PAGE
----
A literal is either a quoted string, or a hexadecimally encoded character:

  literal: quoted;
           encoded.

A quoted string is an optionally marked string of one or more characters, enclosed with single or double quotes. The enclosing quote is represented in a string by doubling it. A quoted string matches only the exact same string in the input. Examples: "yes" 'yes'.

These two strings are identical: 'Isn''t it?' "Isn't it?"

 -quoted: (tmark, S)?, -string.
  @tmark: ["^-"].
  string: -'"', dstring, -'"', S;
          -"'", sstring, -"'", S.
@dstring: dchar+.
@sstring: schar+.
   dchar: ~['"'];
          '"', -'"'. {all characters, quotes are doubled}
   schar: ~["'"];
          "'", -"'". {all characters, quotes are doubled}

An encoded character is an optionally marked hexadecimal number. It represents a single character and matches that character in the input. It starts with a hash symbol, followed by any number of hexadecimal digits, for example #a0. The digits are interpreted as a number in hexadecimal, and the character at that Unicode code-point is used. The number must be within the Unicode code-point range.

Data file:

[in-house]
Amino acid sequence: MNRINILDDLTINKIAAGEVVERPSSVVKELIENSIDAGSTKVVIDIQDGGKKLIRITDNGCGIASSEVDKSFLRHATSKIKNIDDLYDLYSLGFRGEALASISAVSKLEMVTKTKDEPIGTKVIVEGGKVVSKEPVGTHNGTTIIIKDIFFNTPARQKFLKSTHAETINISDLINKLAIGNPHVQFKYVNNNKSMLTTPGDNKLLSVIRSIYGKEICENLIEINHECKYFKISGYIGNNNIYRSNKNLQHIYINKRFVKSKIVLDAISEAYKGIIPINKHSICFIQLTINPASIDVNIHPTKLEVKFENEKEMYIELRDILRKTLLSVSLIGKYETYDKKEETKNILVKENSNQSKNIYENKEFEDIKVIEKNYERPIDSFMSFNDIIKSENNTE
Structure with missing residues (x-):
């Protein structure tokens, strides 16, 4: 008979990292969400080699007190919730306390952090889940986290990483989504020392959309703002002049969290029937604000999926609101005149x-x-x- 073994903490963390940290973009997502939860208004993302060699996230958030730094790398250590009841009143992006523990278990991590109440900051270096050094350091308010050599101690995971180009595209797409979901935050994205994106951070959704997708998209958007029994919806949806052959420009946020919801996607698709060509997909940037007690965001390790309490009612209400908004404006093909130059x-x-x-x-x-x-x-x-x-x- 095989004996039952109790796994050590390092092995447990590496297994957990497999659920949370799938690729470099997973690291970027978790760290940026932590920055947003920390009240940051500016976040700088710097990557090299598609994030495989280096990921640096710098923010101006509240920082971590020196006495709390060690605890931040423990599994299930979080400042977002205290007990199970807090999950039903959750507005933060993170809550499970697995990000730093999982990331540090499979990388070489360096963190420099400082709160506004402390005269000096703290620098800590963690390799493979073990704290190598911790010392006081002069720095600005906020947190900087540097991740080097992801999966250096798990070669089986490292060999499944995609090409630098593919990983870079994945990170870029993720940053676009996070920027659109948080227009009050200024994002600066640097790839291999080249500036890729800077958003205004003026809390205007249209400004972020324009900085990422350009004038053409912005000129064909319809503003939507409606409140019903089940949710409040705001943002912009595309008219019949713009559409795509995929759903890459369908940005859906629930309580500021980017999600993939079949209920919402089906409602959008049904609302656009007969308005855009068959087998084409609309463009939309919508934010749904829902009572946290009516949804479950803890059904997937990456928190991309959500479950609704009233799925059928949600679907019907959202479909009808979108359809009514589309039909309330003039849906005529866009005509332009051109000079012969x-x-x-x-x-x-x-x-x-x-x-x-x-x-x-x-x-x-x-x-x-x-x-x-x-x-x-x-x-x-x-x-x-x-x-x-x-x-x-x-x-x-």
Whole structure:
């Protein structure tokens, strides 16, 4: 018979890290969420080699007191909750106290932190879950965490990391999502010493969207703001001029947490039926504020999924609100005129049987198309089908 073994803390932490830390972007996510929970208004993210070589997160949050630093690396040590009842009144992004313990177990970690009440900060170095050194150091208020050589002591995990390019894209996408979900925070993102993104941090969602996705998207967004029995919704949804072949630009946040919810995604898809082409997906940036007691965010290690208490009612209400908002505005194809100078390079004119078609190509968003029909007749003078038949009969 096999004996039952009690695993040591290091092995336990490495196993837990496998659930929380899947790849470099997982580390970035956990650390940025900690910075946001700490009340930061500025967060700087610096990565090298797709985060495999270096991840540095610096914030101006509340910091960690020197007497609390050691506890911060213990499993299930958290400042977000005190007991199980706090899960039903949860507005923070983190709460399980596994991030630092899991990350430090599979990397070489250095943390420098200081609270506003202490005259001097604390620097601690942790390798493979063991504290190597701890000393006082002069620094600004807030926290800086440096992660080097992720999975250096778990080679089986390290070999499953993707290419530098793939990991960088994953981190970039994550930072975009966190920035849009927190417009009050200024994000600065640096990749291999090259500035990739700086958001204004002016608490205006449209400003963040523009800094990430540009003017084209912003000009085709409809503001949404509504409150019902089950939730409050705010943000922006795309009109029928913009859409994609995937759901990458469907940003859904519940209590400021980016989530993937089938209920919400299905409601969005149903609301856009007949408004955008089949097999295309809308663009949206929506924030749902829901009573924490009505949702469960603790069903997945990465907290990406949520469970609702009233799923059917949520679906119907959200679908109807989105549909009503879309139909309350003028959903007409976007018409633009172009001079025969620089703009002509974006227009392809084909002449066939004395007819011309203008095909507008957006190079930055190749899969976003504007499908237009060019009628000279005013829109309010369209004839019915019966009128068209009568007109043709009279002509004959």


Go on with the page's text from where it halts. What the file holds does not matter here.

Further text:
-encoded: (tmark, S)?, -"#", @hex, S.
     hex: ["0"-"9"; "a"-"f"; "A"-"F"]+.

Character sets

A character set is an inclusion or an exclusion: an inclusion matches one character in the input that is in the set, an exclusion matches one character not in the set.

An inclusion is enclosed in square brackets, and represents the set of characters defined by any combination of literal characters, a range of characters, hex encoded characters, or Unicode classes. Examples ["a"-"z"] ["xyz"] [Lc] ["0"-"9"; "!@#"; Lc]. Note that ["abc"] ["a"; "b"; "c"] ["a"-"c"] [#61-#63] all represent the same set of characters.